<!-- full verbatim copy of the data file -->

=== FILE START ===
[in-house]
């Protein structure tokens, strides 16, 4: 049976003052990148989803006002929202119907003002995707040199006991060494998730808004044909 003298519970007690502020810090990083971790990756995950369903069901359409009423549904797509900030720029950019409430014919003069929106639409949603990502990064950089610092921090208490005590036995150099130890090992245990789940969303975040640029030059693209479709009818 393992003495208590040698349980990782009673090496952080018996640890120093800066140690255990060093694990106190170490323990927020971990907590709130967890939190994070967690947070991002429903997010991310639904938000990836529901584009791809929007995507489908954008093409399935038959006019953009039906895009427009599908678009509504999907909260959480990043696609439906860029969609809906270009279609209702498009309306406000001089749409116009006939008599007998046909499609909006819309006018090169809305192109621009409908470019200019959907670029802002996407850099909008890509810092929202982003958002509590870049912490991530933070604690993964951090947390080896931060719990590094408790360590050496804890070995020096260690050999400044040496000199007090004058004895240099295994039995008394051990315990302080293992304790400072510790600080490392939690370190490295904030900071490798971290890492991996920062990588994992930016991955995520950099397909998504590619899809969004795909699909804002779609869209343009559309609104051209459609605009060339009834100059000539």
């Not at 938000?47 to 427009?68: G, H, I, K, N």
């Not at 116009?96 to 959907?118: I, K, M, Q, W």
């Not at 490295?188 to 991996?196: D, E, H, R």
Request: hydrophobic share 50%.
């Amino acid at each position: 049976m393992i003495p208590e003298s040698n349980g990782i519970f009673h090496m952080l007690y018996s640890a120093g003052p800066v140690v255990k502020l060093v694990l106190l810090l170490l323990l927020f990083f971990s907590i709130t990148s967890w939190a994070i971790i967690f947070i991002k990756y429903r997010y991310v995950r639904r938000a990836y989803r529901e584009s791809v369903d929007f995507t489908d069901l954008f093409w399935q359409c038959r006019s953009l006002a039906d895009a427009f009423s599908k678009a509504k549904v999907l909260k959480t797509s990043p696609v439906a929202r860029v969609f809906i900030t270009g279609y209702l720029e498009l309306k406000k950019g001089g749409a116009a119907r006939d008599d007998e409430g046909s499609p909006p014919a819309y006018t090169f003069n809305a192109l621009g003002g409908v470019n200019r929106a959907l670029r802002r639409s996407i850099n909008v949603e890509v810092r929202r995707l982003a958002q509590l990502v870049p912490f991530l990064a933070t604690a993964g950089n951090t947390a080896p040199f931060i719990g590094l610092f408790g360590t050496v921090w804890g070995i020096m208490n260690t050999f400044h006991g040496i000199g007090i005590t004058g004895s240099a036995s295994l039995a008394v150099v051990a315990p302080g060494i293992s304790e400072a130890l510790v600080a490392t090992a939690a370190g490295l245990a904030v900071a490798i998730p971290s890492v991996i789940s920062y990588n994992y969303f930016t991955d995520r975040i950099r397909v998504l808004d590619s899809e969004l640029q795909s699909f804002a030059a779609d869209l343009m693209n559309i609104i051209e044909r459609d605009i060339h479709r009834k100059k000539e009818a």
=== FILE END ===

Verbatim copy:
[in-house]
């Protein structure tokens, strides 16, 4: 049976003052990148989803006002929202119907003002995707040199006991060494998730808004044909 003298519970007690502020810090990083971790990756995950369903069901359409009423549904797509900030720029950019409430014919003069929106639409949603990502990064950089610092921090208490005590036995150099130890090992245990789940969303975040640029030059693209479709009818 393992003495208590040698349980990782009673090496952080018996640890120093800066140690255990060093694990106190170490323990927020971990907590709130967890939190994070967690947070991002429903997010991310639904938000990836529901584009791809929007995507489908954008093409399935038959006019953009039906895009427009599908678009509504999907909260959480990043696609439906860029969609809906270009279609209702498009309306406000001089749409116009006939008599007998046909499609909006819309006018090169809305192109621009409908470019200019959907670029802002996407850099909008890509810092929202982003958002509590870049912490991530933070604690993964951090947390080896931060719990590094408790360590050496804890070995020096260690050999400044040496000199007090004058004895240099295994039995008394051990315990302080293992304790400072510790600080490392939690370190490295904030900071490798971290890492991996920062990588994992930016991955995520950099397909998504590619899809969004795909699909804002779609869209343009559309609104051209459609605009060339009834100059000539």
């Not at 938000?47 to 427009?68: G, H, I, K, N």
């Not at 116009?96 to 959907?118: I, K, M, Q, W």
């Not at 490295?188 to 991996?196: D, E, H, R």
Request: hydrophobic share 50%.
């Amino acid at each position: 049976m393992i003495p208590e003298s040698n349980g990782i519970f009673h090496m952080l007690y018996s640890a120093g003052p800066v140690v255990k502020l060093v694990l106190l810090l170490l323990l927020f990083f971990s907590i709130t990148s967890w939190a994070i971790i967690f947070i991002k990756y429903r997010y991310v995950r639904r938000a990836y989803r529901e584009s791809v369903d929007f995507t489908d069901l954008f093409w399935q359409c038959r006019s953009l006002a039906d895009a427009f009423s599908k678009a509504k549904v999907l909260k959480t797509s990043p696609v439906a929202r860029v969609f809906i900030t270009g279609y209702l720029e498009l309306k406000k950019g001089g749409a116009a119907r006939d008599d007998e409430g046909s499609p909006p014919a819309y006018t090169f003069n809305a192109l621009g003002g409908v470019n200019r929106a959907l670029r802002r639409s996407i850099n909008v949603e890509v810092r929202r995707l982003a958002q509590l990502v870049p912490f991530l990064a933070t604690a993964g950089n951090t947390a080896p040199f931060i719990g590094l610092f408790g360590t050496v921090w804890g070995i020096m208490n260690t050999f400044h006991g040496i000199g007090i005590t004058g004895s240099a036995s295994l039995a008394v150099v051990a315990p302080g060494i293992s304790e400072a130890l510790v600080a490392t090992a939690a370190g490295l245990a904030v900071a490798i998730p971290s890492v991996i789940s920062y990588n994992y969303f930016t991955d995520r975040i950099r397909v998504l808004d590619s899809e969004l640029q795909s699909f804002a030059a779609d869209l343009m693209n559309i609104i051209e044909r459609d605009i060339h479709r009834k100059k000539e009818a």